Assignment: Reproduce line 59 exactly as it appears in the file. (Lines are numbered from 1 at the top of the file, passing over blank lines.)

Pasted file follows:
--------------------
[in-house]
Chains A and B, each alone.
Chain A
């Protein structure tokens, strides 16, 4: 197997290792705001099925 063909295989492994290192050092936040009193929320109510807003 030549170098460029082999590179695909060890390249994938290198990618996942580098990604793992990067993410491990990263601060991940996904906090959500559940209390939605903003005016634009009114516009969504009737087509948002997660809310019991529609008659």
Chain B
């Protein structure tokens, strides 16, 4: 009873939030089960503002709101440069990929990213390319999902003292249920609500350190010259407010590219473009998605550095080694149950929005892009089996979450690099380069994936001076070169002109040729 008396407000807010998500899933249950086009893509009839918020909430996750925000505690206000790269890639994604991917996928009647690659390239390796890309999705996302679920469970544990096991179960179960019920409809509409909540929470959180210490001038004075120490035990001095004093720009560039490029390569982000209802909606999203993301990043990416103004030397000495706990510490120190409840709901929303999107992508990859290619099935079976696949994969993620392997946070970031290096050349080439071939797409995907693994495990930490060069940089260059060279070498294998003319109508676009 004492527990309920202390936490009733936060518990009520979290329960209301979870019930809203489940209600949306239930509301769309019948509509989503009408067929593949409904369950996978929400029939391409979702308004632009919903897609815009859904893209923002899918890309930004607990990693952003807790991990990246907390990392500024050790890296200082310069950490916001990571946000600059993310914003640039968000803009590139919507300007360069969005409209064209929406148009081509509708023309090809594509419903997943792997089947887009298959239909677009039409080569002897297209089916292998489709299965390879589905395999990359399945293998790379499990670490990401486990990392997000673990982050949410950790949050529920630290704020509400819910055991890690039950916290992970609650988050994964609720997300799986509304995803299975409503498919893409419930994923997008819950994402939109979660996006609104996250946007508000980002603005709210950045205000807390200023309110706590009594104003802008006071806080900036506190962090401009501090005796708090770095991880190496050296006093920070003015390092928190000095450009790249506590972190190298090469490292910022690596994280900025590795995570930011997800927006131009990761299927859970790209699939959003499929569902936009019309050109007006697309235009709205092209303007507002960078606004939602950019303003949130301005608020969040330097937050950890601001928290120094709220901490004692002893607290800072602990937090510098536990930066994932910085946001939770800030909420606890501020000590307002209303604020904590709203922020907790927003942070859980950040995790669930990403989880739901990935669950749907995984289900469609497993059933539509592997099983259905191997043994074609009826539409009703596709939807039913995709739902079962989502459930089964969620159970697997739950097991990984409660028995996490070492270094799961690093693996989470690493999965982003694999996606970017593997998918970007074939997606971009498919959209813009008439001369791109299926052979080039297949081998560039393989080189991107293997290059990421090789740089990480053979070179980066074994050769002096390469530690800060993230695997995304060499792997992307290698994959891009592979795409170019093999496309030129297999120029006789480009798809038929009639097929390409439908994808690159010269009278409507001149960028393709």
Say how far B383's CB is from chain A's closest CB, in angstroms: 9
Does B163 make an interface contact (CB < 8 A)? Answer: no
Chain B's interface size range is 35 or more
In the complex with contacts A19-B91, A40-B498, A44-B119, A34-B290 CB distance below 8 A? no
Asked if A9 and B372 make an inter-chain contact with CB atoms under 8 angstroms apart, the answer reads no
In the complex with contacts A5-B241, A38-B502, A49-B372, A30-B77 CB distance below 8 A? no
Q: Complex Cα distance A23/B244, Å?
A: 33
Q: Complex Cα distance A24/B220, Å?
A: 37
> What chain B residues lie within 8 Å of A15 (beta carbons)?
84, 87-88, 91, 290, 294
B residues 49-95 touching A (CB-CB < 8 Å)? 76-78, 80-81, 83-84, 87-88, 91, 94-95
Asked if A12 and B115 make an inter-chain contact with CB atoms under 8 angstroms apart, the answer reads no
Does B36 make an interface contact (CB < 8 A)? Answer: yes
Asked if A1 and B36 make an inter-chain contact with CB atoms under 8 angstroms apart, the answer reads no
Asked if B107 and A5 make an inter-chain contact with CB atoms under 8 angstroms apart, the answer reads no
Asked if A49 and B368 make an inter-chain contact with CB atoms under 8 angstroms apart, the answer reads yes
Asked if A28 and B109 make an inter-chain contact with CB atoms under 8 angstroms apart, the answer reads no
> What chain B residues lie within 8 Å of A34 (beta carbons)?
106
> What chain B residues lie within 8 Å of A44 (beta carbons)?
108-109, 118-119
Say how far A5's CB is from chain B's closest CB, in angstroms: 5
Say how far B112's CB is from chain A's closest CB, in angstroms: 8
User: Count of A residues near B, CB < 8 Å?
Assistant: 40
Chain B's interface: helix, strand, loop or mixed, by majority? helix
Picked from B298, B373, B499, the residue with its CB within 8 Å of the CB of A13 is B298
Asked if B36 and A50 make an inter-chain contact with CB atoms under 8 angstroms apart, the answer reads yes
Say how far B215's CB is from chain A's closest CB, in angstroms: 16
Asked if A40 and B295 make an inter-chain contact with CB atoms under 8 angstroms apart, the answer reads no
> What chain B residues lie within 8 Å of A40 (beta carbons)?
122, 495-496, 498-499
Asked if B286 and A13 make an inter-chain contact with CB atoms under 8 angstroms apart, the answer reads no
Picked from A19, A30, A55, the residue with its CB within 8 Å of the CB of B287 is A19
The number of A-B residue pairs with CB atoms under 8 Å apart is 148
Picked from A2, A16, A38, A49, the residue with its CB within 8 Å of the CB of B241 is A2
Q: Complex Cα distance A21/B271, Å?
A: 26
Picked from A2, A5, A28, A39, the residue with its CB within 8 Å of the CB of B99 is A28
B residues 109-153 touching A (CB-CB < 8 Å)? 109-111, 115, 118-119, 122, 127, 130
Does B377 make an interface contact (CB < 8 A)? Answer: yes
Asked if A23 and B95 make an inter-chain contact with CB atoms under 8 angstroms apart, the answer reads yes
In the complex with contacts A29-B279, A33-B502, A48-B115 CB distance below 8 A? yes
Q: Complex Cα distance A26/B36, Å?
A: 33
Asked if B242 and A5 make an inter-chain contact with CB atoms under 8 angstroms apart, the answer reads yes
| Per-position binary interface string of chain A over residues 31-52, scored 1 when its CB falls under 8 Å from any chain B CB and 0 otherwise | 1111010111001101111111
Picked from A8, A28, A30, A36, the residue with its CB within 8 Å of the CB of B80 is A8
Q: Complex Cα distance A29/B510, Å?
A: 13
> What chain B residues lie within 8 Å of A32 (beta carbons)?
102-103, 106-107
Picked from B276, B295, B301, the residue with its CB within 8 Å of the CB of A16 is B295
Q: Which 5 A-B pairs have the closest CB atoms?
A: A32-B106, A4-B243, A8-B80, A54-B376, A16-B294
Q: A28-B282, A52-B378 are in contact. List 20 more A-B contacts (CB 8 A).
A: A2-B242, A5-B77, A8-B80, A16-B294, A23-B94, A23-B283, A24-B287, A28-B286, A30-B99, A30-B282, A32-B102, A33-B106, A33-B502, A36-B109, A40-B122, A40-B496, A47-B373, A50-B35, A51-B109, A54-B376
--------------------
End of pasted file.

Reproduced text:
> What chain B residues lie within 8 Å of A32 (beta carbons)?